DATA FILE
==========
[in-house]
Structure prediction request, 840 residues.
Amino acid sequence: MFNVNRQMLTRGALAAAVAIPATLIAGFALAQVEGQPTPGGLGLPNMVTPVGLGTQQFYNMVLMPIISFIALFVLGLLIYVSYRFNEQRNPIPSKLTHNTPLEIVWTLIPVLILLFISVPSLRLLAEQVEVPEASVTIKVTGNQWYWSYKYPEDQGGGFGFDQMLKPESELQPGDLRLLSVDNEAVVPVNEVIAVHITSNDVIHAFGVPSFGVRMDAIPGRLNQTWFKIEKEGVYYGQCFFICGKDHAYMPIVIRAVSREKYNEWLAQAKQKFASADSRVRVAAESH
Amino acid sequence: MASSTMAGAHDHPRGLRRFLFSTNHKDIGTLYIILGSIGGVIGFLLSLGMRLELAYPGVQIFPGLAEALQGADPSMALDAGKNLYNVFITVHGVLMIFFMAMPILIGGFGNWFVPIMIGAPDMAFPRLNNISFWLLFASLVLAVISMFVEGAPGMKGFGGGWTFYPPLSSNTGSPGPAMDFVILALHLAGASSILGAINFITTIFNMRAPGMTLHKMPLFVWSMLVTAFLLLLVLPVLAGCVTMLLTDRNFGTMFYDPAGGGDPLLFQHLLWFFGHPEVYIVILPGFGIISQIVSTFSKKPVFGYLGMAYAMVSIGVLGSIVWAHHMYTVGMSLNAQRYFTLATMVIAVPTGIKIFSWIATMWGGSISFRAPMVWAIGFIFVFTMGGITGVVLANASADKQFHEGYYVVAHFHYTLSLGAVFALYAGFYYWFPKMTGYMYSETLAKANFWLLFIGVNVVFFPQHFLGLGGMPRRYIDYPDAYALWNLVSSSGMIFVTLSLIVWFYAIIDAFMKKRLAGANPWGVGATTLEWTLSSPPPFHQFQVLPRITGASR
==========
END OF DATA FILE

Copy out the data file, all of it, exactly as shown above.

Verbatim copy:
[in-house]
Structure prediction request, 840 residues.
Amino acid sequence: MFNVNRQMLTRGALAAAVAIPATLIAGFALAQVEGQPTPGGLGLPNMVTPVGLGTQQFYNMVLMPIISFIALFVLGLLIYVSYRFNEQRNPIPSKLTHNTPLEIVWTLIPVLILLFISVPSLRLLAEQVEVPEASVTIKVTGNQWYWSYKYPEDQGGGFGFDQMLKPESELQPGDLRLLSVDNEAVVPVNEVIAVHITSNDVIHAFGVPSFGVRMDAIPGRLNQTWFKIEKEGVYYGQCFFICGKDHAYMPIVIRAVSREKYNEWLAQAKQKFASADSRVRVAAESH
Amino acid sequence: MASSTMAGAHDHPRGLRRFLFSTNHKDIGTLYIILGSIGGVIGFLLSLGMRLELAYPGVQIFPGLAEALQGADPSMALDAGKNLYNVFITVHGVLMIFFMAMPILIGGFGNWFVPIMIGAPDMAFPRLNNISFWLLFASLVLAVISMFVEGAPGMKGFGGGWTFYPPLSSNTGSPGPAMDFVILALHLAGASSILGAINFITTIFNMRAPGMTLHKMPLFVWSMLVTAFLLLLVLPVLAGCVTMLLTDRNFGTMFYDPAGGGDPLLFQHLLWFFGHPEVYIVILPGFGIISQIVSTFSKKPVFGYLGMAYAMVSIGVLGSIVWAHHMYTVGMSLNAQRYFTLATMVIAVPTGIKIFSWIATMWGGSISFRAPMVWAIGFIFVFTMGGITGVVLANASADKQFHEGYYVVAHFHYTLSLGAVFALYAGFYYWFPKMTGYMYSETLAKANFWLLFIGVNVVFFPQHFLGLGGMPRRYIDYPDAYALWNLVSSSGMIFVTLSLIVWFYAIIDAFMKKRLAGANPWGVGATTLEWTLSSPPPFHQFQVLPRITGASR